Tony Ortega at the Village Voice posted an analysis of the Fairman vs. Thorburn case, see Village Voice Analysis. While I think his factual speculation about Michael’s status vis a vis Independent Scientology is inaccurate, Tony raises some interesting questions.
Particularly intriguing is his idea about Independent Scientologists claiming tax deductions for their Scientology donations in the field. During negotiations for tax exemption in the early nineties, the church was able to persuade the IRS to grant deductions for Scientology parishioner “donations” to churches of Scientology. This was done in the face of a then-fairly-recent U.S. Supreme Court decision upholding the denial of Scientologists’ deductions for fixed fees being charged by Scientology churches for specific services, Hernandez v Commissioner. Hernandez is still the law of the land on this issue.
While I don’t have time at the moment to engage in a major tax research project, I will proffer an opinion to anyone affected who can afford to have a competent tax attorney delve into this area. In my opinion the Internal Revenue Service would have a very difficult time denying a claimed tax deduction of an Independent Scientologist making a donation for Scientology services. Particularly when those services are provided on the basis we do. That is, there is no fixed price. The person donates what she feels the service was worth in accordance with her own ability to donate; knowing, as I have informed those who were particularly generous on their own determinism, that their donation makes possible the servicing of others in need who are not able to donate or to donate very much. I have no problem testifying and providing documentary evidence that such donations are in fact used in that precise manner – to service those in need who cannot themselves donate much. My guess is that there are other Independents out there who could do the same.
It is pretty much how “charitable contributions” have always traditionally been made – with an intent to benefit others or for the general good; as opposed to a fixed quid pro quo to attain something solely for one’s own benefit (the corporate church of Scientology model).
Just some food for thought for the future. As Ortega noted, ground breaking legal actions such as Fairman vs Thorburn could have effects down the road not only in reforming corporate Scientology but also in establishing the rights of Independent Scientologists.
It looks like nothing but opportunity to pull down the curtains and expose the vampires.
This sure does get the wheels turning on the number of potential lawsuits there are RIGHT NOW that could be filed let alone the ones that could be looming on the horizon…
cob’s Cantalot castle is crumbling around him and more and more people are seeing it. I’ve been surprised a few times this week already to learn of people who are religiously (no pun intended but I’ll take it) reading the blog.
Onward and upward all.
When one makes a donation to an Independent entity, doesn’t that Independent entity have to be supporting a legally established 501 (c) 3 Non Profit entity for the charitable contribution to be wortwhile to the IRS?
Excuse the typo, “…..worthwhile to the IRS?”
Don’t the deductions depend upon having a Church or other 501 registered charity? http://en.wikipedia.org/wiki/501%28c%29_organization .
Independent Scientologists vary in their way of charging and I think from what I have seen that most charge a fixed rate.
If one were to establish an Independent Church of Scientology it would require a fair bit of evaluation to work out a way of avoiding a recurrence of DM’s activities. There are those outside the CofS who would quite happily establish themselves as authorities and elect themselves as the new RTC if given half a chance.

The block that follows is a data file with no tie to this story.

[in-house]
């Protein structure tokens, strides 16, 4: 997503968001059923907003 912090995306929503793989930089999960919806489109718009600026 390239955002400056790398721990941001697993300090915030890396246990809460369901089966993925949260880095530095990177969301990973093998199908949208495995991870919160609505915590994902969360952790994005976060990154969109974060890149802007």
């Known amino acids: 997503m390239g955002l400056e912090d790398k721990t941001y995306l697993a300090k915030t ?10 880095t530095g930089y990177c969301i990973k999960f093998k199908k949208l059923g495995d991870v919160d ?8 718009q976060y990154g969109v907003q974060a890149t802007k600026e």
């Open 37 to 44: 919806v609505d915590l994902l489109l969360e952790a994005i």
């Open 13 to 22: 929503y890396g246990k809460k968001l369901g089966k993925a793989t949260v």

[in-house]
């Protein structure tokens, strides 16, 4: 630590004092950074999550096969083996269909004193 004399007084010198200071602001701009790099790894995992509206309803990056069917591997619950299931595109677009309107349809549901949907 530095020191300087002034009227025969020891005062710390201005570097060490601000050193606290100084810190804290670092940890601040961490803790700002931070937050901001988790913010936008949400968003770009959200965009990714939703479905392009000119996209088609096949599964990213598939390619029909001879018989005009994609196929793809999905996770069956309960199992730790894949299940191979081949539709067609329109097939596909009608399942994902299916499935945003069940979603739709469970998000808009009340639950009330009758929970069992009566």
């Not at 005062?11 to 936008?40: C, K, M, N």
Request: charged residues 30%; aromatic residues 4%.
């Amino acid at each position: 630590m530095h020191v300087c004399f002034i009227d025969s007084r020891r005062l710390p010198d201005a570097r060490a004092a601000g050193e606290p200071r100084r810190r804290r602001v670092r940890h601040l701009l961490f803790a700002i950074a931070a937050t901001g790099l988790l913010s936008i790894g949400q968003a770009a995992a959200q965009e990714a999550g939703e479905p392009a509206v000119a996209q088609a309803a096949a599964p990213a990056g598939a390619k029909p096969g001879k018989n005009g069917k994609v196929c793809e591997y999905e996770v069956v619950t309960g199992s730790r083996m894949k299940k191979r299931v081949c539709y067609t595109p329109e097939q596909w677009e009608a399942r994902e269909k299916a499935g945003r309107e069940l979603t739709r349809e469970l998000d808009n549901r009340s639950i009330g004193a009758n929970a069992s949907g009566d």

Are you taking donations for your services?
Are you registered as a charity?
The St Pete Times is calling for a review of Scientology’s Federal tax status
based on its recent reporting.
The problem is tying donations to any kind of service. Just cut that out, and you’ll have a better case. You can’t give someone money for a service rendered and claim the money as a charitable contribution. It doesn’t matter if there isn’t a set rate for the service.
The more important point that you’re making is that the money goes into a pool that finances the servicing of people who cannot afford it. That’s where you should hang your hat.
As long as you hold onto the pay-for-service Scientology model, it’s always going to fail the smell test. That’s part of what makes us non-Scientologists look askew at the church.
Having a field auditors group or a kind of service mission, I can agree that fixed costs for service is a good idea and that LRH Policy should be applied where possible. Counceling as a single field auditor may differ. Of course, the individual expertise of the auditor is another factor here.
As I remember well, the Church of Scientology has had tax exemption between late 50’ies and mid-late 60’ies (despite fixed fees for service).
The new “donations” model within the church is no more benefitial for the single Scientologist nor for the organisations mission at all. That’s because the fees are not calculated per policy anymore:
Scientology Pricing policies – How much should Service cost
Single individuals should have the oppurtunity to charge as they will. If they want they can work as “volunteer ministers”, too. If they have a way to bring those people to be in-exchange with them or the “bigger picture of scientologies mission” it’s up to them. It’s a matter of the point of view and personal estimation / consideration.
Scientology has still a religious core and no action of the current “official” church will cut it off.
There shouldn’t be any monopoly on the subject of Scientology and its techniques for the betterment of Men.
I applaud the courageous and lots not forget — COSTLY — stand that the Fairman’s are taking by suing their chiropractor. It’s very commendable.